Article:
South Asians and epilepsy: Exploring health experiences, needs and beliefs of communities in the north of England.
|dc.contributor.author||Small, Neil A.||*|
|dc.identifier.citation||Ismail, H., Wright, J., Rhodes, P. and Small, N.A. et al. (2005). South Asians and epilepsy: Exploring health experiences, needs and beliefs of communities in the north of England. Seizure. Vol. 14, No. 7, pp. 497-503.||en|
|dc.description.abstract||Purpose: To examine the beliefs and experiences of South Asians with epilepsy and the extent of provision of appropriate information and accessible services for them by health professionals. Methods: Qualitative interviews with 30 South Asians with epilepsy, 16 carers and 10 health professionals. In addition, two focus groups were held with 16 South Asians without epilepsy recruited from community centers. The interview sample was divided by religious groupings (Hindus, Sikhs and Muslims). Fieldwork was conducted in Bradford and Leeds (England Results: Beliefs that epilepsy is caused by spirit possession (Muslims) or attributable to sins committed in a past life (Sikhs and Hindus) were reported as being widely held among South Asians living both in the UK and the Indian subcontinent, although few informants themselves subscribed to such views. Compliance with conventional medication was high; however, those who experienced seizures most often were most likely to turn to traditional South Asian therapies. Most informants used both treatments simultaneously. The main issues regarding the provision of services were: lack of appropriate information and advice; language and communication barriers; problems in interaction with health professionals. Also discussed were the potential merits of attending support groups. Greatest dissatisfaction was expressed in relation to primary care, whereas the highest praise was reserved for specialist epilepsy nurses. Conclusions: Our findings show both similarities and differences between participants¿ experiences, where gender, age or other aspects of personal biography can be as important as religion, culture or country of origin. Furthermore, the impact of being diagnosed with epilepsy can be exacerbated by structural impediments to accessing information and appropriate services.||en|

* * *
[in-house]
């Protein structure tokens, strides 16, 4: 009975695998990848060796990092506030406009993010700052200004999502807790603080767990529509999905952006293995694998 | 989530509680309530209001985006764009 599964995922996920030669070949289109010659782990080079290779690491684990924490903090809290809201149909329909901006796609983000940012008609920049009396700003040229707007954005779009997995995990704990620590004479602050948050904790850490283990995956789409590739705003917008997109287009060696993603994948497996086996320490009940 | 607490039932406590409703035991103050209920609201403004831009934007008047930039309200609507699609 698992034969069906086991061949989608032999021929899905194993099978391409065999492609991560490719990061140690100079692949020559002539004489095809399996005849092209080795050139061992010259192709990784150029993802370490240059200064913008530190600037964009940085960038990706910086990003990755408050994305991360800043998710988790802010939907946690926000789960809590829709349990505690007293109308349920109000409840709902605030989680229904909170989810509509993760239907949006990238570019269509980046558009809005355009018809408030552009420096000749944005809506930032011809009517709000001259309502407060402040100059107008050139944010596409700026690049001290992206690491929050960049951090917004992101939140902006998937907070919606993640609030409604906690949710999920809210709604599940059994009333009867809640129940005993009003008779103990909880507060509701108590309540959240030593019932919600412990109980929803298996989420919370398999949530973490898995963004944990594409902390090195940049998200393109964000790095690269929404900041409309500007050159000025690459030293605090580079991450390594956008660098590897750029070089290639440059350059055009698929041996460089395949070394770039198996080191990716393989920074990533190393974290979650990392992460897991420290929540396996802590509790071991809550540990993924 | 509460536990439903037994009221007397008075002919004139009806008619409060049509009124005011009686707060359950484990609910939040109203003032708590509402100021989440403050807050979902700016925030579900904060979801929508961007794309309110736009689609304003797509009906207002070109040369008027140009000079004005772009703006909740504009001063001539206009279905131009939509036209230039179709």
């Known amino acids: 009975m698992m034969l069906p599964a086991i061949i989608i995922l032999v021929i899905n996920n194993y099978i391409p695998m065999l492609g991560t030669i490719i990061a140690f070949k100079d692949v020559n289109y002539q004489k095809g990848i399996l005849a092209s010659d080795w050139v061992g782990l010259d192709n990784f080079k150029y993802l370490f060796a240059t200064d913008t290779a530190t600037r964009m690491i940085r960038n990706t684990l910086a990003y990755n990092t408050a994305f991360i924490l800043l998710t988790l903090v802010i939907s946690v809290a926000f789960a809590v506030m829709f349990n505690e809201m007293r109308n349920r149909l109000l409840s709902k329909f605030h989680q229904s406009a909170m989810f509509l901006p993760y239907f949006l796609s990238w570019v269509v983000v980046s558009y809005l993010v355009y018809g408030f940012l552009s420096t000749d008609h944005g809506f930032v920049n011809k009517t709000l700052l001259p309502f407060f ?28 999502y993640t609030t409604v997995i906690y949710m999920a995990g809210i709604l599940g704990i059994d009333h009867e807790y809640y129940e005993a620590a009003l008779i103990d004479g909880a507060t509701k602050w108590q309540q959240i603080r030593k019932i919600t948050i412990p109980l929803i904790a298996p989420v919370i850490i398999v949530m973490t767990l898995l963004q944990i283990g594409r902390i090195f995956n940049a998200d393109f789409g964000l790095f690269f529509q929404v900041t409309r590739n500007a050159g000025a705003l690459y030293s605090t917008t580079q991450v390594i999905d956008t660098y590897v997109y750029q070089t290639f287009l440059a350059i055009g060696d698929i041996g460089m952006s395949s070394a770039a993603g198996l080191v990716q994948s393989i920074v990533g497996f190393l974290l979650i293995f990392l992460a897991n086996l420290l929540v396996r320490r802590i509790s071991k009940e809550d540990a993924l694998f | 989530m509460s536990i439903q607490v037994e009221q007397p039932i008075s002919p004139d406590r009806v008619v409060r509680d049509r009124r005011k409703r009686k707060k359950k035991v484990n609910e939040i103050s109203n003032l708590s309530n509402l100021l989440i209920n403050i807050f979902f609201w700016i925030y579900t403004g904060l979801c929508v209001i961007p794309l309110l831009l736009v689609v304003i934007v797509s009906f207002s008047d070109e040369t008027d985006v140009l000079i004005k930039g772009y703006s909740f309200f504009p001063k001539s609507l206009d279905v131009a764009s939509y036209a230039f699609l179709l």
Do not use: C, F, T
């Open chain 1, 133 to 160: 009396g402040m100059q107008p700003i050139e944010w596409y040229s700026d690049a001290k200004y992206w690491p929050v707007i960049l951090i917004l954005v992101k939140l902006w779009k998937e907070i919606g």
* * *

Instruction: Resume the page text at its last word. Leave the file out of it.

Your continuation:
|dc.subject||North of England||en|
|dc.title||South Asians and epilepsy: Exploring health experiences, needs and beliefs of communities in the north of England.||en|
|dc.type.version||No full-text available in the repository||en|